Interdomain routing and games

Hagay Levin*, Michael Schapira, Aviv Zohar

*Corresponding author for this work

Research output: Contribution to journalArticlepeer-review

8 Scopus citations


We present a game-theoretic model that captures many of the intricacies of interdomain routing in today's Internet. In this model, the strategic agents are source nodes located on a network, who aim to send traffic to a unique destination node. The interaction between the agents is dynamic and complex-asynchronous, sequential, and based on partial information. Best-reply dynamics in this model capture crucial aspects of the de facto standard interdomain routing protocol, namely, the Border Gateway Protocol (BGP). We study complexity and incentive-related issues in this model. Our main results show that in realistic and well-studied settings, BGP is incentivecompatible. That is, not only does myopic behavior of all players converge to a "stable" routing outcome, but no player has motivation to unilaterally deviate from BGP. Moreover, we show that even coalitions of players of any size cannot improve their routing outcomes by collaborating. Unlike the vast majority of works in mechanism design, our results do not require any monetary transfers (to or by the agents).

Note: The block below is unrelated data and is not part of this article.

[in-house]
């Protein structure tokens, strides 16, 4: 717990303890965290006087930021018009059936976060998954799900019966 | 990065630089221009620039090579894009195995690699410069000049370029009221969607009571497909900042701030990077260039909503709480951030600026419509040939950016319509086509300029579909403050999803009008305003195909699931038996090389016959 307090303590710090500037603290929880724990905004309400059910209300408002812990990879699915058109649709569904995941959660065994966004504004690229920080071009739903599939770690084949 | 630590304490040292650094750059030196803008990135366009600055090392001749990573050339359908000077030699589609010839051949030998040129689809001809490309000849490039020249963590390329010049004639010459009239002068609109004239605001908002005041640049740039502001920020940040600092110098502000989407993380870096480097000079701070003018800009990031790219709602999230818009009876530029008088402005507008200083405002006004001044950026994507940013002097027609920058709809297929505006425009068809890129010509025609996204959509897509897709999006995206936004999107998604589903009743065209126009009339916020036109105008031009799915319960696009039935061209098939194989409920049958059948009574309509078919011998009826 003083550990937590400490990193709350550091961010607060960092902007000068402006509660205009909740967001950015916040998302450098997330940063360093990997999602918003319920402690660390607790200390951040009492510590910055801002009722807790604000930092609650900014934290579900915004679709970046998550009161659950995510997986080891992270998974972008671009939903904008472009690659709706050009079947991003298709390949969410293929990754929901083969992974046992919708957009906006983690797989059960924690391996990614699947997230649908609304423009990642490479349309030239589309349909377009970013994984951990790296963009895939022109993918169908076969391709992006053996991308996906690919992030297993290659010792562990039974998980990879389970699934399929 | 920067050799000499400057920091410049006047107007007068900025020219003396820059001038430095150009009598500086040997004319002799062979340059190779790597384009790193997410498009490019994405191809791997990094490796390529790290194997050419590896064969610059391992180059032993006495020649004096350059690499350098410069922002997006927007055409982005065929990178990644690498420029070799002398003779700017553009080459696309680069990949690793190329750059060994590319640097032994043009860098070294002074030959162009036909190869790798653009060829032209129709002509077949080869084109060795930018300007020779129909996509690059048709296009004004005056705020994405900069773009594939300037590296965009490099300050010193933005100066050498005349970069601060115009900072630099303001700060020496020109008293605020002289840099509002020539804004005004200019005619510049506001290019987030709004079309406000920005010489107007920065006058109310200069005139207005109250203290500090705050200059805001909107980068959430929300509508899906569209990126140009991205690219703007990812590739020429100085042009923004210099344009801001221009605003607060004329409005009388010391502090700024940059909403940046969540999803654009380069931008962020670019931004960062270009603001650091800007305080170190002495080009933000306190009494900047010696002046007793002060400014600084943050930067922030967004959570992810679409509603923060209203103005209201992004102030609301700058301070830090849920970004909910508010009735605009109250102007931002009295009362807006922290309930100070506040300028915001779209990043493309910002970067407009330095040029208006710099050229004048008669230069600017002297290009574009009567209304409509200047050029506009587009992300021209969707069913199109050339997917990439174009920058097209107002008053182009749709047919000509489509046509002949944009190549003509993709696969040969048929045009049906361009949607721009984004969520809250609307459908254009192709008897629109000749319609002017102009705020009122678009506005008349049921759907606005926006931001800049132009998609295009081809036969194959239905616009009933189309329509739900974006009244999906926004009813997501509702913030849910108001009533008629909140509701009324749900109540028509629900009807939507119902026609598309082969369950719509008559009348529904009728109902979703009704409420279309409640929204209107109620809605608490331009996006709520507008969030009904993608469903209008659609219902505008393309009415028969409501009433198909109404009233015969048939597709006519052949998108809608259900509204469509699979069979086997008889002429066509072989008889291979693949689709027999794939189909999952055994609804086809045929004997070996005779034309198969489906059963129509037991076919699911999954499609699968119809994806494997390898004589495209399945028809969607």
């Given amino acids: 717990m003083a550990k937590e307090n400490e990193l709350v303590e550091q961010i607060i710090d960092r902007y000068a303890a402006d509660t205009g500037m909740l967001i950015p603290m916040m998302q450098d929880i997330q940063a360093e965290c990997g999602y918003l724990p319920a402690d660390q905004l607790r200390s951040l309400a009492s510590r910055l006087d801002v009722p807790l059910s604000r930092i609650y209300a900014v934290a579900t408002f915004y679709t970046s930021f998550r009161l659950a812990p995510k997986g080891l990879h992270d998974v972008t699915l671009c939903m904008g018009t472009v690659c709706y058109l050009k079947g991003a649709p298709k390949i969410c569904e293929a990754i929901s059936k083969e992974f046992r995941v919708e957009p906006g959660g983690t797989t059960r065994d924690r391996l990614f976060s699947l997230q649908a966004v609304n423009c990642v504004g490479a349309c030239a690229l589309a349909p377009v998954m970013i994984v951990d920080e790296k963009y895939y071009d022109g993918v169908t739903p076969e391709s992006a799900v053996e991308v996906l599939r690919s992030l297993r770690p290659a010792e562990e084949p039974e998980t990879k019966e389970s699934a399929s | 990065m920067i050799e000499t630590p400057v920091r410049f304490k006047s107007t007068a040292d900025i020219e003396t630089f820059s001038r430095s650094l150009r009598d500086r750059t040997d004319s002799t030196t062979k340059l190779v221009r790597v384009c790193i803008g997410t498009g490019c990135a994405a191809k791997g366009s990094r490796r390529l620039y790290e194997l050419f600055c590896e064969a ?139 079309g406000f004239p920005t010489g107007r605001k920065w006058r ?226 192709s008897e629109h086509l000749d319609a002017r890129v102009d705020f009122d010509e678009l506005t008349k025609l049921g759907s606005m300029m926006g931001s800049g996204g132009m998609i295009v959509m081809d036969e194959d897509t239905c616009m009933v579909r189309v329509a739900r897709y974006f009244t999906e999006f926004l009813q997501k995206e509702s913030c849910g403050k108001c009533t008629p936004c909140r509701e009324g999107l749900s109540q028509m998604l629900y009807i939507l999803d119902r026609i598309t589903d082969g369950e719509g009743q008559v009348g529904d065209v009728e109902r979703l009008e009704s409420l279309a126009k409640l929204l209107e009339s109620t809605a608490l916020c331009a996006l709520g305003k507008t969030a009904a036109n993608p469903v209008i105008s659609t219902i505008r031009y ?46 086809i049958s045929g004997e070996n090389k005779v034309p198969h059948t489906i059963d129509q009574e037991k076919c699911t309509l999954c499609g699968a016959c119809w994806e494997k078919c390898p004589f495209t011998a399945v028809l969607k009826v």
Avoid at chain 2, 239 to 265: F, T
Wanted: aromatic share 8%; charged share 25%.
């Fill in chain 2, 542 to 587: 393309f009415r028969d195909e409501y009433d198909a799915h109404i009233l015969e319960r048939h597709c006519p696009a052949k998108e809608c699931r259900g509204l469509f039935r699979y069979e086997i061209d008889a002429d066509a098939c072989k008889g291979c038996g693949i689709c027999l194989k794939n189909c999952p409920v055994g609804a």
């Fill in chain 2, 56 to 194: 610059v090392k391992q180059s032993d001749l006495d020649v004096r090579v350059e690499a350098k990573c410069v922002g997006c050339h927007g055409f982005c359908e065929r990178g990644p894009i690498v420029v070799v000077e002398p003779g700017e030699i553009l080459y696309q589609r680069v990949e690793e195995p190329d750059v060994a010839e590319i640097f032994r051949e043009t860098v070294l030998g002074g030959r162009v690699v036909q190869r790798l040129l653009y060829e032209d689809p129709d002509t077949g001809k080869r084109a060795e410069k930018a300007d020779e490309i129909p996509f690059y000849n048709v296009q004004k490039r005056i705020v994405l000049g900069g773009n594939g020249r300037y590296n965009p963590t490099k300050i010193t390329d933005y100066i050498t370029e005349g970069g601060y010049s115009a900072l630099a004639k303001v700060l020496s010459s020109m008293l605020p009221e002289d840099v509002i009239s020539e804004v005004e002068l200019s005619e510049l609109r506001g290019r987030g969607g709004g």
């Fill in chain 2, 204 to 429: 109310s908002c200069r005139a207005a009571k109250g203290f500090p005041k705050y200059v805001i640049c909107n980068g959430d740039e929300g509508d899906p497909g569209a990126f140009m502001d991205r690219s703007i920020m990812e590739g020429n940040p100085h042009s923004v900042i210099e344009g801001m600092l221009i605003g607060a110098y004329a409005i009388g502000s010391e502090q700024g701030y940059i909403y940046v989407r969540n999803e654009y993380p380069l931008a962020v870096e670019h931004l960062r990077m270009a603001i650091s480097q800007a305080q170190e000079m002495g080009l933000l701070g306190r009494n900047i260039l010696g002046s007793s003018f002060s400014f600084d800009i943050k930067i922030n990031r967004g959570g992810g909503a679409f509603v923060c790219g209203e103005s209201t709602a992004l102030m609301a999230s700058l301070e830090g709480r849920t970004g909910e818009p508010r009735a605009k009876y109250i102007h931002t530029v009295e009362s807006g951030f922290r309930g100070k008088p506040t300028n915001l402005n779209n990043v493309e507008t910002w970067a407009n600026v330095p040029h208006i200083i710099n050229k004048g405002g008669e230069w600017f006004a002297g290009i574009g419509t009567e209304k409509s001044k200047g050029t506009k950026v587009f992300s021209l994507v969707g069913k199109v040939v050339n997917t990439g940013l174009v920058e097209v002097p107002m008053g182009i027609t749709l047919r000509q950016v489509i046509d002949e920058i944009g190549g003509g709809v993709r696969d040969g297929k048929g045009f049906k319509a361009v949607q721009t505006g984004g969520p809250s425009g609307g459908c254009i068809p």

Original languageAmerican English
Pages (from-to)1892-1912
Number of pages21
JournalSIAM Journal on Computing
Issue number6
StatePublished - 2011


  • Border Gateway Protocol (BGP)
  • Communication complexity
  • Distributed algorithmic mechanism design
  • Interdomain routing
  • Security


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